Writing a blog with topical posts that address key questions or issues that Marg might Google or research in her time of need is a great starting point. Think of blog titles like: A 5-Step Guide to Building a Budget, What to Do When You Have Credit Card Debt, and How to Improve Your Credit Score. Even though blogging might feel like it takes a lot of initial effort putting together the content, once it’s written, it can be leveraged in so many ways that you can actually realize a return on that investment of your time.

One blog post can be broken down into 10-20 different social media posts, posted on many different social media platforms (Twitter, Facebook, Instagram, etc.), and can be used for months after the blog goes live. And, over time, that content will accumulate and improve your website’s visibility in search engines (that’s search engine optimization) to increase visitors and visits from people like Marg.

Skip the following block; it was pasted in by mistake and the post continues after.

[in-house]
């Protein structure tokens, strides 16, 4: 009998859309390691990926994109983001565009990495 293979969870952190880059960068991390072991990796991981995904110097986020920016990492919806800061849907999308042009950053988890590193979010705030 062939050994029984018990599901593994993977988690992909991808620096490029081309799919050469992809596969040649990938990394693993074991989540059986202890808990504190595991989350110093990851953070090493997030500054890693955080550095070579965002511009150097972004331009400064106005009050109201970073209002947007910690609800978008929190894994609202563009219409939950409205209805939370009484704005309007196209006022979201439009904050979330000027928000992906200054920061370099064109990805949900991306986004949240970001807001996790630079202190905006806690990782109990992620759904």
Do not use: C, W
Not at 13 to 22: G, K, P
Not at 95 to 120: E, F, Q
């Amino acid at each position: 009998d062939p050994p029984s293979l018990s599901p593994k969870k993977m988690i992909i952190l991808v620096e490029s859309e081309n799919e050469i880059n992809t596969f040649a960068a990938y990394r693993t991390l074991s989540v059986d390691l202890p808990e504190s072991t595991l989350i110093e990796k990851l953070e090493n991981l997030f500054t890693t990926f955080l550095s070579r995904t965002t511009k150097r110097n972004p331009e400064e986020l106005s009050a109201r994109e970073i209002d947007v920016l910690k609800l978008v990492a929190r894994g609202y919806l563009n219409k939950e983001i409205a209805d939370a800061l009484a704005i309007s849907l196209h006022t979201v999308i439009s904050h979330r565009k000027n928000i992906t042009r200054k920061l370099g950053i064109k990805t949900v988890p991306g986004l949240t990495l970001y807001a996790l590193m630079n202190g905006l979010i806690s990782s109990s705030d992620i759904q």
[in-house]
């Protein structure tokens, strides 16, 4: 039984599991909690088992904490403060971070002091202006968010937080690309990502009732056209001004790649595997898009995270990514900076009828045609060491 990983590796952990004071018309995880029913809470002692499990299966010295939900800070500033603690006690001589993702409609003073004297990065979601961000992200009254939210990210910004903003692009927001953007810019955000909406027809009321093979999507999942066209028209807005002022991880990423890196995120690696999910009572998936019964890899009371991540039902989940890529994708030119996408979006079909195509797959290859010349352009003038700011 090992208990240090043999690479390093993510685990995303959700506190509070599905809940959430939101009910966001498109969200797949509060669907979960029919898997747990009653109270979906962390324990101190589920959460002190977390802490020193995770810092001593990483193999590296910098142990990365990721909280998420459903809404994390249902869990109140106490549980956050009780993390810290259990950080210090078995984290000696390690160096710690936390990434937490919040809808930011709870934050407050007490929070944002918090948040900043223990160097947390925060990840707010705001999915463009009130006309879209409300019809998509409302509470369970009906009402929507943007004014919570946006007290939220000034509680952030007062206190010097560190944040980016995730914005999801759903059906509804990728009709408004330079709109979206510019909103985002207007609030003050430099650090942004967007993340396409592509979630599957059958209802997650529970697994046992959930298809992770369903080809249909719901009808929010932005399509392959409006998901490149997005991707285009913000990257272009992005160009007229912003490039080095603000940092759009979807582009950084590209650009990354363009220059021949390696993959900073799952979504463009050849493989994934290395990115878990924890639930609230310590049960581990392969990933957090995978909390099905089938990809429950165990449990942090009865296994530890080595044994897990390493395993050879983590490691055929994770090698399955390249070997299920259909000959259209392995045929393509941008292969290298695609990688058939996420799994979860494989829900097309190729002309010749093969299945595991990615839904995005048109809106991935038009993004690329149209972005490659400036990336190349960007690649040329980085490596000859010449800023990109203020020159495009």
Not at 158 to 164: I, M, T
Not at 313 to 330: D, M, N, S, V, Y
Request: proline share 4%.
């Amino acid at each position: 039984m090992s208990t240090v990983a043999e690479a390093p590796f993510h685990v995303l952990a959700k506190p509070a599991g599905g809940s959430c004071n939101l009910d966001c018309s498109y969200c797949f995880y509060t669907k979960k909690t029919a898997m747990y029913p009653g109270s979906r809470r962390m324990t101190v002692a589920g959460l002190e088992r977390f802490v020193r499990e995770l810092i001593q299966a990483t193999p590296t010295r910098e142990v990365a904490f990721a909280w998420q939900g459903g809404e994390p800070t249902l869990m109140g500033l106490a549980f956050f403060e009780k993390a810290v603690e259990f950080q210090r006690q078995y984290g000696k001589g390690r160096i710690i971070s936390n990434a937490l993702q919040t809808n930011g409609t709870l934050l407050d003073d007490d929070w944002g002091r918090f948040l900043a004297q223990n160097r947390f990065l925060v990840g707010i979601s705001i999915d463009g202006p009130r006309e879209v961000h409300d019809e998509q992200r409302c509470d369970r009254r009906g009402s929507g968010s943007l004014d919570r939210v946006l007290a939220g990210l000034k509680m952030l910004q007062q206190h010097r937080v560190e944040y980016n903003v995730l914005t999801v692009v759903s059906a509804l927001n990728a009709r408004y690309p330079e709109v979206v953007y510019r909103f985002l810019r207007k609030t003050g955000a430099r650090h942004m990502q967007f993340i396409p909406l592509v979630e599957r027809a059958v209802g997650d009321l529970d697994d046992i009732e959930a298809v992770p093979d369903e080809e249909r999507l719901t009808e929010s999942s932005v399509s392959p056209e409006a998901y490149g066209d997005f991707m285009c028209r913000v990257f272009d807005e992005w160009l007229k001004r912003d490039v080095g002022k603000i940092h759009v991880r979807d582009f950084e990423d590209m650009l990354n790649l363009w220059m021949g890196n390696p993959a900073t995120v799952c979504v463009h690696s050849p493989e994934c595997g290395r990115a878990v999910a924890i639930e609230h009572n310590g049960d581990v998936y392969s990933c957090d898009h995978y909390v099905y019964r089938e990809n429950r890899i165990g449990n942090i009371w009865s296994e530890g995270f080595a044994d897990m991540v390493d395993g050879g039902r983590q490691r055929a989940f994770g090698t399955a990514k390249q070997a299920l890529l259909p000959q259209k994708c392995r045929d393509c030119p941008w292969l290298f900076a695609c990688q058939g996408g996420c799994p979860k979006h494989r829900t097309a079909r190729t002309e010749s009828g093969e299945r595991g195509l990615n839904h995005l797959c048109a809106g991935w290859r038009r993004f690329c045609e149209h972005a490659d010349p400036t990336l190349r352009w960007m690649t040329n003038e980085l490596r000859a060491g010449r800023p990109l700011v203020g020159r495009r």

Marketing to Chip and Drew
 

Build a targeted marketing campaign focused on life event planning. Retirement is still a very important issue when it comes to emerging wealth prospects like Chip and Drew. Not only do they define financial success as the ability to retire when they want, they also cite retirement planning as the top financial issue they want more help with. However, big life events are the key trigger for Chip and Drew to take action on their finances. And so the key to capturing these millennials is by striking at the peak of their interest – when these life events happen.